The Singing Mountaineers is a book about the songs and folk tales told by Quechua speakers in South America. Quechua being the language that the Inca empire required all its subjects to learn, this means people living in the Andean region, from Ecuador to Bolivia, but primarily in Peru.

Published in 1957, the book is sadly of its time. Sentences like "Since the Andean people have always been a singing, a poetically disposed, race, the songs have their own proud past." or "Their race is noted for its ancient skill in catching and taming animals instead of killing them, and birds and animals exist as possible friends, as integral living relations in the Indian world." caused me to cringe. There is useful information in the introduction, in between all the patronising, vaguely racist, noble-savage bullshit, but you may find your teeth grating as you read it: mine certainly did.

Fortunately, once the lengthy introduction is over, the songs and tales themselves are more interesting. Unfortunately, about half the length of the book is the introduction, which is a wasted opportunity. The most interesting thing of all, the folk tales, is frustratingly short. Of the 60 or so tales that had been recorded by the author in Spanish, only 17 (if I remember correctly) were included in the English book, much to my chagrin.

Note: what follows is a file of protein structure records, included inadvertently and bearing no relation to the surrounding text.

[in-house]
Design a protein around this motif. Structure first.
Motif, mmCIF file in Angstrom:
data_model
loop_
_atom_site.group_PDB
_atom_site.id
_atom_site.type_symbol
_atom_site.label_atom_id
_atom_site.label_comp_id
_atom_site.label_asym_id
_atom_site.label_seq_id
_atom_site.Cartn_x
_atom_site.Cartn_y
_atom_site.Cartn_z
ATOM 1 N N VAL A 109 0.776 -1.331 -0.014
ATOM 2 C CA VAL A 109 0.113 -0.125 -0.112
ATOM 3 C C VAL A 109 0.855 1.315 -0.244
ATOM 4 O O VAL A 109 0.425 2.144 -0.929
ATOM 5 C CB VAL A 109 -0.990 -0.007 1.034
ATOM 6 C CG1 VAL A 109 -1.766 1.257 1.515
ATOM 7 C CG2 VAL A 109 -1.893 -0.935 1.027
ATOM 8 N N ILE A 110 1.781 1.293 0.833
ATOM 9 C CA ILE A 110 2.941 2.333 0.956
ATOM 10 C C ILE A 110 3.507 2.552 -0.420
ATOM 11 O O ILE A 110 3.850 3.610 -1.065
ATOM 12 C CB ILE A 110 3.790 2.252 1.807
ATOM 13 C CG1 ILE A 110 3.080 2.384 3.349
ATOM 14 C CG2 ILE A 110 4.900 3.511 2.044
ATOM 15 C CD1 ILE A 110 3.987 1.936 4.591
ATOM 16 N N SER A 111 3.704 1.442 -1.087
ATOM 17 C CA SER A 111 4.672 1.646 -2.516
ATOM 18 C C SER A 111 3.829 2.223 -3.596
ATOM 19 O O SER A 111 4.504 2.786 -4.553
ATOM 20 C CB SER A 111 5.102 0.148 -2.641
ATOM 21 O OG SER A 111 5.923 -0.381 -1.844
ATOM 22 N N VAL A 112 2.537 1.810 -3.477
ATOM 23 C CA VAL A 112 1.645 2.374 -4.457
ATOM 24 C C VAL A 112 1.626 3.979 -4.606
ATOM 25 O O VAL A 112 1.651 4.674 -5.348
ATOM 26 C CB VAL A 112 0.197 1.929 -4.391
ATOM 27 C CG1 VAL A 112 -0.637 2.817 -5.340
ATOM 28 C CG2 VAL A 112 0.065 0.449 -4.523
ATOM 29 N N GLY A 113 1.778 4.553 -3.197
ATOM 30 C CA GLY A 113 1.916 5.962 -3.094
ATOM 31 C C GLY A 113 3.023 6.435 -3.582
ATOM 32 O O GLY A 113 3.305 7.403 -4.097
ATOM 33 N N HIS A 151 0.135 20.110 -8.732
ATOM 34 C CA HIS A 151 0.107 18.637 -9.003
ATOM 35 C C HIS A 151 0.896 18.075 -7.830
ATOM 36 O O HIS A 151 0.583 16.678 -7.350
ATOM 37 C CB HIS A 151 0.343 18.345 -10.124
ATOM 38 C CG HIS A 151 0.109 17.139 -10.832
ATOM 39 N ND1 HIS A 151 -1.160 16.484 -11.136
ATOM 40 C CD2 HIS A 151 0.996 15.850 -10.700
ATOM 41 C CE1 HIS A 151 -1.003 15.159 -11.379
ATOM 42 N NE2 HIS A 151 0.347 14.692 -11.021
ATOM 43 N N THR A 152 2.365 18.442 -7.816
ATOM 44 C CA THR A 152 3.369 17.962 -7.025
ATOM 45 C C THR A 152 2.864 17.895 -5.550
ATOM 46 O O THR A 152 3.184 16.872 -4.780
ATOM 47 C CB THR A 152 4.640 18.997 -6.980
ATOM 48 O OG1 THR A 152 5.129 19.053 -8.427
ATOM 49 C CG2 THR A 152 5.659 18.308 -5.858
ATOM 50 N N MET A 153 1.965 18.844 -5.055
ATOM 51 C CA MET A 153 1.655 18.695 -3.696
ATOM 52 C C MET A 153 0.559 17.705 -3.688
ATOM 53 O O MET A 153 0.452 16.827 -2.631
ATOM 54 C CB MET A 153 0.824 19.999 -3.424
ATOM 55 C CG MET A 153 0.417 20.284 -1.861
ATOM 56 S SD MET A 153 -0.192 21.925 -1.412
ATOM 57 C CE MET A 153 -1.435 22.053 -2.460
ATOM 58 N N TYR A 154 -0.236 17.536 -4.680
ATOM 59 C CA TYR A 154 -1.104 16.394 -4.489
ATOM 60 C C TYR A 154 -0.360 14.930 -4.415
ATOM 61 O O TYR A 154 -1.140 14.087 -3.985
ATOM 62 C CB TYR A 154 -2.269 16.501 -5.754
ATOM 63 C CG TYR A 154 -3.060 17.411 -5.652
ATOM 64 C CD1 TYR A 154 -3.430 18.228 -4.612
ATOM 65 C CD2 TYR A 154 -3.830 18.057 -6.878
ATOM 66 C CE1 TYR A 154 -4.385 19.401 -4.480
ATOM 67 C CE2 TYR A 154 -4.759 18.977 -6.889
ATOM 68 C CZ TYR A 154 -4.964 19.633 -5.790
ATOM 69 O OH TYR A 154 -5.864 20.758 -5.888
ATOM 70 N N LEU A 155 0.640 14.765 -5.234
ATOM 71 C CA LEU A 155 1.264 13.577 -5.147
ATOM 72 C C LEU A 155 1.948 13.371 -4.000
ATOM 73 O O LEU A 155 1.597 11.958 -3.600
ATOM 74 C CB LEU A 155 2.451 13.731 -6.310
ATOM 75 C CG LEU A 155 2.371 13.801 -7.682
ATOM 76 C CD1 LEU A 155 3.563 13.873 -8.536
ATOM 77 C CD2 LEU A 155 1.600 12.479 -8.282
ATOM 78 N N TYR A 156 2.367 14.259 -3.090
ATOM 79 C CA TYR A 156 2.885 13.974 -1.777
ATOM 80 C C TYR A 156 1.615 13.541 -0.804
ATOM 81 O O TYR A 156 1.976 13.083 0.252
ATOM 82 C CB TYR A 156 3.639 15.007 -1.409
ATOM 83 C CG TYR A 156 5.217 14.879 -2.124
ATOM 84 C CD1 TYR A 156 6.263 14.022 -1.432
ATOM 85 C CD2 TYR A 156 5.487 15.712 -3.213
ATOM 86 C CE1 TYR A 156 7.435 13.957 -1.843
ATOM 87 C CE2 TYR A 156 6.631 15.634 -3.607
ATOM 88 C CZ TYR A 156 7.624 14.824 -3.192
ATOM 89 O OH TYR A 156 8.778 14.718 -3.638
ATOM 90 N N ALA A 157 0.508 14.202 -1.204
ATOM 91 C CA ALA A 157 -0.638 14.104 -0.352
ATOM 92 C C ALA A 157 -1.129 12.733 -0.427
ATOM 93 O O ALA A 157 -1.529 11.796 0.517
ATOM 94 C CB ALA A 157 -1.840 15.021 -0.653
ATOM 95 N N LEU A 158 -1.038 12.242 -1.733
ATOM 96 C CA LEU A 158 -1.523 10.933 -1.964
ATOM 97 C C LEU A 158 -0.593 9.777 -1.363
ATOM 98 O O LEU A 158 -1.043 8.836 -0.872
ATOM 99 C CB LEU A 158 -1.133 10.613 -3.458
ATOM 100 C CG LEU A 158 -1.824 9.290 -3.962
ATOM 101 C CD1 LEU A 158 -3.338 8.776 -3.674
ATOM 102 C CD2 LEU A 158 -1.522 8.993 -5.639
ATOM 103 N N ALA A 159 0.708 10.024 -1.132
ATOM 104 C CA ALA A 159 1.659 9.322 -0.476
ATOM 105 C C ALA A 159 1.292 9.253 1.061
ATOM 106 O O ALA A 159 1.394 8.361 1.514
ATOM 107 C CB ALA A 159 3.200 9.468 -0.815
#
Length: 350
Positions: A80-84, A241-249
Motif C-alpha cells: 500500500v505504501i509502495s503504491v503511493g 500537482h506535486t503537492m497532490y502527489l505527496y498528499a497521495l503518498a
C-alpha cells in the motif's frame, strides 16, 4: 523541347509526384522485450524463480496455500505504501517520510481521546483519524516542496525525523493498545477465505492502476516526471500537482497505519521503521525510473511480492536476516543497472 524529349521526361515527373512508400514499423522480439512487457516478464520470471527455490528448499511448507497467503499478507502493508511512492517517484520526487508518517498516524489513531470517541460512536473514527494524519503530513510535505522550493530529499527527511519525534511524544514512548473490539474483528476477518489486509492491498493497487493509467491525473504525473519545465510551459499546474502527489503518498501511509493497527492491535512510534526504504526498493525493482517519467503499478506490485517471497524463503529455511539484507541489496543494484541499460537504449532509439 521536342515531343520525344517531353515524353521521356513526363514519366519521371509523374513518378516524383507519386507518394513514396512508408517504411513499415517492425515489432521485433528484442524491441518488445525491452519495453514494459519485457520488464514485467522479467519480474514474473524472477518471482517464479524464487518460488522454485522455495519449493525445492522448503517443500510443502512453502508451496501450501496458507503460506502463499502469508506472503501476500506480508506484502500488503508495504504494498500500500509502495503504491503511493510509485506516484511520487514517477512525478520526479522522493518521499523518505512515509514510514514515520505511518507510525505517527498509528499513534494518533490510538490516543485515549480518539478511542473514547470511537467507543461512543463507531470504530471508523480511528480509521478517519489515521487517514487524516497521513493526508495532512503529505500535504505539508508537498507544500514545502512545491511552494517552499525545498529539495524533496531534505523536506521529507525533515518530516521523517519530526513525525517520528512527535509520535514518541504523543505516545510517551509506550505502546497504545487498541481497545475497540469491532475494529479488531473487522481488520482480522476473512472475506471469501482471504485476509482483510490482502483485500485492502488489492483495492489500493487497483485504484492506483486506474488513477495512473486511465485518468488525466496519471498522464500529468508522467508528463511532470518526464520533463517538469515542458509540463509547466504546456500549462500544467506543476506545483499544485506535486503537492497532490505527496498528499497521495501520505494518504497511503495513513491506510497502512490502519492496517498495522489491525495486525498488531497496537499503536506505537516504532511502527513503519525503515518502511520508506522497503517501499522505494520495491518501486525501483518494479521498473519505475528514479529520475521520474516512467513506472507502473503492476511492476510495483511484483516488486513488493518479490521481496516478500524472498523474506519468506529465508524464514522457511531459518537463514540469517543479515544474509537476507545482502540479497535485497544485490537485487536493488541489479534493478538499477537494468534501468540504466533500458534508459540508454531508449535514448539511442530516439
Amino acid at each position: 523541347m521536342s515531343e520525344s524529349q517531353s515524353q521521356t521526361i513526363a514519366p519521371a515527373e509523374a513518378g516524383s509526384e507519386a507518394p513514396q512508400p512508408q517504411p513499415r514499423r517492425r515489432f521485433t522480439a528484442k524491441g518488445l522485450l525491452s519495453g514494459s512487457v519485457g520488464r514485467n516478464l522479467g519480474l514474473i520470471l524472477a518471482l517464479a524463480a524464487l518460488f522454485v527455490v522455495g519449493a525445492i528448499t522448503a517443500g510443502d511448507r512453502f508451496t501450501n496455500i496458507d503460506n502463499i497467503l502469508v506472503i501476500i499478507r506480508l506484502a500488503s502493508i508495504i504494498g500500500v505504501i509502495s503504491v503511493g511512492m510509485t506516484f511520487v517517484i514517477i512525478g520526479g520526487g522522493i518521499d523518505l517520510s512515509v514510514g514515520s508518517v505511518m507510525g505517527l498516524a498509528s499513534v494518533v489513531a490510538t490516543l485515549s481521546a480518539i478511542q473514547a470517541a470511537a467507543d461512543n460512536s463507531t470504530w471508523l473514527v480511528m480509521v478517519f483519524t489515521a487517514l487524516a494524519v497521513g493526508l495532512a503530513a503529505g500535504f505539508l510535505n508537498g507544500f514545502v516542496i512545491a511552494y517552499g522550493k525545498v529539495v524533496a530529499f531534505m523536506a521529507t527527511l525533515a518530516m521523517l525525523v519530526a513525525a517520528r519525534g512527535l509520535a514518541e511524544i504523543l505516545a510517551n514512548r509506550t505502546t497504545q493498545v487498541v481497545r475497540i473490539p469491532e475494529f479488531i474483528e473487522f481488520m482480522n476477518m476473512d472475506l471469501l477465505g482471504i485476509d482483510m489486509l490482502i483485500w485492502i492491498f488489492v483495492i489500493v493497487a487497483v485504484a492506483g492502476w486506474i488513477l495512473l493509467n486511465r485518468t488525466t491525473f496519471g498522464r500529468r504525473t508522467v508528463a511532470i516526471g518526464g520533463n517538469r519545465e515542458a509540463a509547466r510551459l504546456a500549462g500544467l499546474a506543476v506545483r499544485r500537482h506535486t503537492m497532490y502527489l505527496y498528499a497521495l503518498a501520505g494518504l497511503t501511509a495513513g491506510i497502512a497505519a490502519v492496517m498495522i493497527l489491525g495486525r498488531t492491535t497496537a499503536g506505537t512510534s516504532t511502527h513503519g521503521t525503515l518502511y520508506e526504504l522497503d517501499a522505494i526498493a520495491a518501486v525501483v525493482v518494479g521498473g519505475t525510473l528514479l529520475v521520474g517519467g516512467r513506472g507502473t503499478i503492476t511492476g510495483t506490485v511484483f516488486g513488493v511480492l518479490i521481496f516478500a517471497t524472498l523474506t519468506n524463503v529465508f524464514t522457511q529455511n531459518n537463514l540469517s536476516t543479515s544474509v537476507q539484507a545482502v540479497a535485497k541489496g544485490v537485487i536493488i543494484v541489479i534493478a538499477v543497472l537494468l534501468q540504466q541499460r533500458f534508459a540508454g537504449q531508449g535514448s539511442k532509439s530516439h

The tales were collected in the 20th century. Therefore, they are heavily influenced by Catholicism and the legacy of the conquistadors. Nonetheless, there are glimpses of a different culture, and a few tales seem like they could have been told, with relatively few changes, back in Inca times...

As a resource, The Singing Mountaineers is useful: English translations of Quechua folk tales and songs are not that easy to find. As a book, it's lopsided, with an overly long introduction that is filled with outdated thinking and attitudes, and not enough collected tales and songs. Nonetheless, it's worth reading, for any glimpse of authentic Quechua culture in English is too rare to ignore.